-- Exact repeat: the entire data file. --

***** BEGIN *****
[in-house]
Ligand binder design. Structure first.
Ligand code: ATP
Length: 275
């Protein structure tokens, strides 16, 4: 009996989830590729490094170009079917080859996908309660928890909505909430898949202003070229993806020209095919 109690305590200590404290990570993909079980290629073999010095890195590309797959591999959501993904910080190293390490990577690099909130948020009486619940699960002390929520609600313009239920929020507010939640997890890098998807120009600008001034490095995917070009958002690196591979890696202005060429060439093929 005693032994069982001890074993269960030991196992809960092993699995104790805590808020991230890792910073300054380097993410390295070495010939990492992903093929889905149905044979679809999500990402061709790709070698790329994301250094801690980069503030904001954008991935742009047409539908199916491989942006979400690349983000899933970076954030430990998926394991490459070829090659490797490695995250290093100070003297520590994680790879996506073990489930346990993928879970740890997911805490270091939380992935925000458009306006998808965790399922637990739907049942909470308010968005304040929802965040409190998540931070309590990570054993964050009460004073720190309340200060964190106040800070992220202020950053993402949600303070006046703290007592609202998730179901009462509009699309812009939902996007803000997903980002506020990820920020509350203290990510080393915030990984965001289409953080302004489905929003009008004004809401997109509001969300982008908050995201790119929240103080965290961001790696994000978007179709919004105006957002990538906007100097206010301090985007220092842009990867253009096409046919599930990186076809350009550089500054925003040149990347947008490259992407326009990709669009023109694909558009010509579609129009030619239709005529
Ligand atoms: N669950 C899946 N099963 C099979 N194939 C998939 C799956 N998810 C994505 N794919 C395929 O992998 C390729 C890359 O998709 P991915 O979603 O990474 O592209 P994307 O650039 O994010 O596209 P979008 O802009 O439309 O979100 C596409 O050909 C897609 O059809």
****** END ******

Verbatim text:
[in-house]
Ligand binder design. Structure first.
Ligand code: ATP
Length: 275
């Protein structure tokens, strides 16, 4: 009996989830590729490094170009079917080859996908309660928890909505909430898949202003070229993806020209095919 109690305590200590404290990570993909079980290629073999010095890195590309797959591999959501993904910080190293390490990577690099909130948020009486619940699960002390929520609600313009239920929020507010939640997890890098998807120009600008001034490095995917070009958002690196591979890696202005060429060439093929 005693032994069982001890074993269960030991196992809960092993699995104790805590808020991230890792910073300054380097993410390295070495010939990492992903093929889905149905044979679809999500990402061709790709070698790329994301250094801690980069503030904001954008991935742009047409539908199916491989942006979400690349983000899933970076954030430990998926394991490459070829090659490797490695995250290093100070003297520590994680790879996506073990489930346990993928879970740890997911805490270091939380992935925000458009306006998808965790399922637990739907049942909470308010968005304040929802965040409190998540931070309590990570054993964050009460004073720190309340200060964190106040800070992220202020950053993402949600303070006046703290007592609202998730179901009462509009699309812009939902996007803000997903980002506020990820920020509350203290990510080393915030990984965001289409953080302004489905929003009008004004809401997109509001969300982008908050995201790119929240103080965290961001790696994000978007179709919004105006957002990538906007100097206010301090985007220092842009990867253009096409046919599930990186076809350009550089500054925003040149990347947008490259992407326009990709669009023109694909558009010509579609129009030619239709005529
Ligand atoms: N669950 C899946 N099963 C099979 N194939 C998939 C799956 N998810 C994505 N794919 C395929 O992998 C390729 C890359 O998709 P991915 O979603 O990474 O592209 P994307 O650039 O994010 O596209 P979008 O802009 O439309 O979100 C596409 O050909 C897609 O059809």